Beyond the Carolinas
Activists disrupt anti-gay summit
WASHINGTON, D.C. — Members of GetEQUAL, a national direct-action LGBT equality group, were dragged from a Sept. 15 protest inside the “Values Voter Summit” at the Omni Shoreham Hotel. Activists marched into the conference carrying a mock coffin draped in a rainbow American flag, reading anti-LGBT quotes from Tony Perkins of the Family Research Council, the main organizer of the event, and projecting the names and photos of youth who were driven to suicide by anti-gay bigotry.
The Summit featured an array of high profile anti-LGBT leaders, including Michele Bachmann, Mike Huckabee, Rick Santorum and Paul Ryan, as well as seminars and plenary sessions on such topics as how to deny equal rights to LGBT Americans.
Following the protest, GetEQUAL organizer Erica Keppler said, “The ‘values’ promoted at this summit alienate millions of LGBT Americans from full and equal citizenship; deny us our dignity; seek to prevent us from enjoying the basic joy and security of marriage; create an unsafe environment that leads to suicide, violence and hate crimes; and, too often, results in violence toward and even the murder of our LGBT brothers and sisters.”
49ers to LGBT youth: ‘It Gets Better’
SAN FRANCISCO, Calif. — The San Francisco 49ers have become the first NFL team to join the It Gets Better Project, an online video campaign where thousands of videos condemning anti-gay bullying are curated. The 49ers’ video comes after a successful petition drive by fan Sean Chapin, who collected more than 16,000 signatures encouraging the 49ers to make a video. Last year, Chapin successfully petitioned the San Francisco Giants to become the first Major League Baseball team in the country to make an “It Gets Better” video.
In the video (available at itgetsbetter.org/#z4glWjcbAbY), 49ers Safety Donte Whitner says, “The San Francisco 49ers are proud to join ItGetsBetter.org, to let all LGBT teens know that it gets better. On behalf of the entire 49ers organization, we are on your side, and we promise it gets better.” Also participating in the video are Defensive Tackle Ricky Jean Francois, Defensive Tackle Isaac Sopoaga and Linebacker Ahmad Brooks.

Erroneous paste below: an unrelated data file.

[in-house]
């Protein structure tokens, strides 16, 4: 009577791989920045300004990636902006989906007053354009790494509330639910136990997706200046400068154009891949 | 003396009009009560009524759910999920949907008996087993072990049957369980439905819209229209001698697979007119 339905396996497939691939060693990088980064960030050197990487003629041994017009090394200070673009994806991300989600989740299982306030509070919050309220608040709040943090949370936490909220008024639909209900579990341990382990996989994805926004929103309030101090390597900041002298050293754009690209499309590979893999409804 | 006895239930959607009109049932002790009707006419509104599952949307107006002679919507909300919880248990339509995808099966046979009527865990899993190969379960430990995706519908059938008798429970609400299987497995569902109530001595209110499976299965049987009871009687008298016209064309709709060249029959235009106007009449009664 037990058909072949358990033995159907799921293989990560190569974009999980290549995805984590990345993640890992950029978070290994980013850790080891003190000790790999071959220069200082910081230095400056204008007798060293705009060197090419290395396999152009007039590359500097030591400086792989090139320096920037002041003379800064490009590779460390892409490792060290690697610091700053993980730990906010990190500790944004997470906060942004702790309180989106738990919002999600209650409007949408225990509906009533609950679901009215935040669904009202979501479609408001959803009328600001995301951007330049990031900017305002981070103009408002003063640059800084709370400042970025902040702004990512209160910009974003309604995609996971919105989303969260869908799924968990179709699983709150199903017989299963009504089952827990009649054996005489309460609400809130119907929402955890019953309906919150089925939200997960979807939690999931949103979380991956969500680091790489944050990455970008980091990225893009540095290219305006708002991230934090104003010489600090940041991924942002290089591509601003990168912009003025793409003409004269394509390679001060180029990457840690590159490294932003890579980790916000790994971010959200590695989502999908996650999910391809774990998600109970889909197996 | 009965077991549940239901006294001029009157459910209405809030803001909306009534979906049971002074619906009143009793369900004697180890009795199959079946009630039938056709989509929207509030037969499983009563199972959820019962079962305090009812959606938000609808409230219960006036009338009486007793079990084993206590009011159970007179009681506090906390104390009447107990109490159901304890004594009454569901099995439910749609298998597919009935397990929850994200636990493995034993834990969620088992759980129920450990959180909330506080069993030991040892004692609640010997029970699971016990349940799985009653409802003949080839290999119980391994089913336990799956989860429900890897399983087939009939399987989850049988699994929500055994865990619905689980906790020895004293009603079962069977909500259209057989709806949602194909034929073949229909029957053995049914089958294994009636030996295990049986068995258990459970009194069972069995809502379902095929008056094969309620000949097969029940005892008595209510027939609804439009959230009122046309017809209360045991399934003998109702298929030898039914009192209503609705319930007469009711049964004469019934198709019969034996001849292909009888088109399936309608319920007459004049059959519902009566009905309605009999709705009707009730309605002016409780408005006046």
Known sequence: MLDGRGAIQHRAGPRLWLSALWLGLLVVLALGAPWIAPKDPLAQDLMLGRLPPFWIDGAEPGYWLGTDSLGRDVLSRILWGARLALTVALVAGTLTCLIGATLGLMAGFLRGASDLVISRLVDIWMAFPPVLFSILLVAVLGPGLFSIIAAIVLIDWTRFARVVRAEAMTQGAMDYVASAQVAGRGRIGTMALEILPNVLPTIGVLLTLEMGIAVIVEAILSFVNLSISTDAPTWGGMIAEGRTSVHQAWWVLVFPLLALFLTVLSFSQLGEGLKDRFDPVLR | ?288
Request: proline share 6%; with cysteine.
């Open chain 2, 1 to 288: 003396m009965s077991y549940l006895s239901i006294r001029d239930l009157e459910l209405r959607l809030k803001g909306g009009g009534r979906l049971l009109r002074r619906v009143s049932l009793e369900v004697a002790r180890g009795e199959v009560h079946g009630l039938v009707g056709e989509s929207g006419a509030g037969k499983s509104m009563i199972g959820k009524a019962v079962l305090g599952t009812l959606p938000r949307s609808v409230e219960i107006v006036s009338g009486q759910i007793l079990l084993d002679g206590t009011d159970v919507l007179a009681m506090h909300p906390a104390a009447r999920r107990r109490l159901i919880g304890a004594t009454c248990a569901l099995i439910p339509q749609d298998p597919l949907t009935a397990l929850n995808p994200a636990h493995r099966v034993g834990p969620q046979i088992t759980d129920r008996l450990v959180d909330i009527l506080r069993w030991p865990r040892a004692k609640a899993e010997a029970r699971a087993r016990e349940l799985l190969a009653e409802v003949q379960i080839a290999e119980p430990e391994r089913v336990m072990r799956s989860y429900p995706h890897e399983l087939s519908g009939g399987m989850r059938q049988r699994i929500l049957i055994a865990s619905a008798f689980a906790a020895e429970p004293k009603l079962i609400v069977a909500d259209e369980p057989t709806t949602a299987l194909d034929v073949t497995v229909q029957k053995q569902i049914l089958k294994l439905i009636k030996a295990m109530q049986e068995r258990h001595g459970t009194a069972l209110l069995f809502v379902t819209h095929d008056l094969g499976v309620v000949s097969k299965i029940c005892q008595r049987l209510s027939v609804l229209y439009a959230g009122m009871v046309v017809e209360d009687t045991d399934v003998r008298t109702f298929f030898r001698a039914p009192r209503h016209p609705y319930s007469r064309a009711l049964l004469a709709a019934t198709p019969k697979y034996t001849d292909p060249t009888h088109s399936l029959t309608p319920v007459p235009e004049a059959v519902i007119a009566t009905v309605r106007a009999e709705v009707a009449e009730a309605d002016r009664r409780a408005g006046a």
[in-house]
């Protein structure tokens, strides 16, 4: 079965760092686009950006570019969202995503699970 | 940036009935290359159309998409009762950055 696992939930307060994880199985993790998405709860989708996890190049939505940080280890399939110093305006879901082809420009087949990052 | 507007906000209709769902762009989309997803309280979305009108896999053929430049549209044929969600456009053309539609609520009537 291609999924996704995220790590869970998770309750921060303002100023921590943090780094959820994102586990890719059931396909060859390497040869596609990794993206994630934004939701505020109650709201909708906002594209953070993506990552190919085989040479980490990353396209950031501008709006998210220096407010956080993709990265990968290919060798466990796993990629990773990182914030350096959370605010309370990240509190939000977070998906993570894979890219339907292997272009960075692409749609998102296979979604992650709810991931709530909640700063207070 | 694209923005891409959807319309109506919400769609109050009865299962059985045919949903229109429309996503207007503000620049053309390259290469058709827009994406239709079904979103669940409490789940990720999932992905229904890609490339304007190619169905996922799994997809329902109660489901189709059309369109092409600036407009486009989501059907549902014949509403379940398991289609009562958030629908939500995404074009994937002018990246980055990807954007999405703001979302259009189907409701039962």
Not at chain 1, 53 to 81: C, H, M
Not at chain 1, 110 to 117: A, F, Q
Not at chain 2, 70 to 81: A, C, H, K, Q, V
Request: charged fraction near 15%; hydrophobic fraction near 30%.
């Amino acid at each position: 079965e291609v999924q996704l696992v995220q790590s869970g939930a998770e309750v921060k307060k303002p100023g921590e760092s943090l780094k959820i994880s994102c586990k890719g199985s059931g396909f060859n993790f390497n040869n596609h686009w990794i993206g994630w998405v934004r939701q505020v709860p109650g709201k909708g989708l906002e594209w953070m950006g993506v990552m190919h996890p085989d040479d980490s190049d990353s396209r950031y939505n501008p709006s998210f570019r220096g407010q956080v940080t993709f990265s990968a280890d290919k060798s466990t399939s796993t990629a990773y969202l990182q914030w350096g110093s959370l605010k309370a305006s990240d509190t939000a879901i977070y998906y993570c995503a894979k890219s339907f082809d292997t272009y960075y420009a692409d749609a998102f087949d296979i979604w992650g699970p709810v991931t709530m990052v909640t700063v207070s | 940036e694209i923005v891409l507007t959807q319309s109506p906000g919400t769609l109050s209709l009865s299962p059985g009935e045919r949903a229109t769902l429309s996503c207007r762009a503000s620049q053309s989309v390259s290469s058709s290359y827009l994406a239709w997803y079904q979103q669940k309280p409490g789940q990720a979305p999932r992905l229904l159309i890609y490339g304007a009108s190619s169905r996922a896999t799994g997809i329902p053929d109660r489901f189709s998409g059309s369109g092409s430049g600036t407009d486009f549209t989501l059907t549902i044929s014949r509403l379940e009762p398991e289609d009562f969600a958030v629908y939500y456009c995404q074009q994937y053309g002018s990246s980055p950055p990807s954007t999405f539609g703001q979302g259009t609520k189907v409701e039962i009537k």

“Let’s hope this is only the beginning, and that more NFL and professional sports teams around the country take this opportunity to speak up on behalf of LGBT fans and kids,” said Chapin. Following the Giants lead, nine more baseball teams have made It Gets Better videos, including the Chicago Cubs, Los Angeles Dodgers and Boston Red Sox.
HRC issues disaster responder guide
WASHINGTON, D.C. — The Human Rights Campaign (HRC) has released a guide for local, state and federal organizations detailing how they can best serve LGBT people and their families during disasters or forced evacuations. In an emergency or disaster situation, vulnerable populations like LGBT people are at heightened risk for trauma and may be less likely to have access to emergency services.
“Many LGBT individuals and families fear discrimination in shelters or when seeking other emergency services during natural disasters or other forced evacuations,” said HRC President Chad Griffin. “Emergency responders and volunteers need to be aware of the needs many in our community have, and should be sympathetic to the fact that families come in all shapes and sizes. Our families deserve to be treated with respect and should never be separated due to a lack of legal recognition.”
HRC Legislative Counsel Robin Maril added, “LGBT families seeking assistance may experience unnecessary, intrusive questions from shelter volunteers and workers. After a disaster or evacuation, many people enter a shelter with very little personal identification or documentation. For LGBT families, who often rely on a number of documents to prove their relationships to each other, or their children, this increases their vulnerability to discrimination.”
View the guide online at hrc.org/files/assets/resources/EmergencyResponders_-_LGBT_Competency.pdf.
U.N. head pushes for equality
GENEVA, Switzerland — On Sept. 10, U.N. Secretary General Ban Ki-Moon addressed the opening of the XXI session of the United Nation’s Human Rights Council, making LGBT equality a point of emphasis in his remarks. During his speech Ki-Moon highlighted the first debate the council held on sexual orientation and gender identity this past spring.
“I welcome the groundbreaking, first-ever intergovernmental discussion, in March this year, on discrimination and violence based on sexual orientation and gender identity,” he said. Adding, “This should not be a one-time event. I urge you to deepen your engagement on this issue so that protection and dignity truly reach all members of the human family.”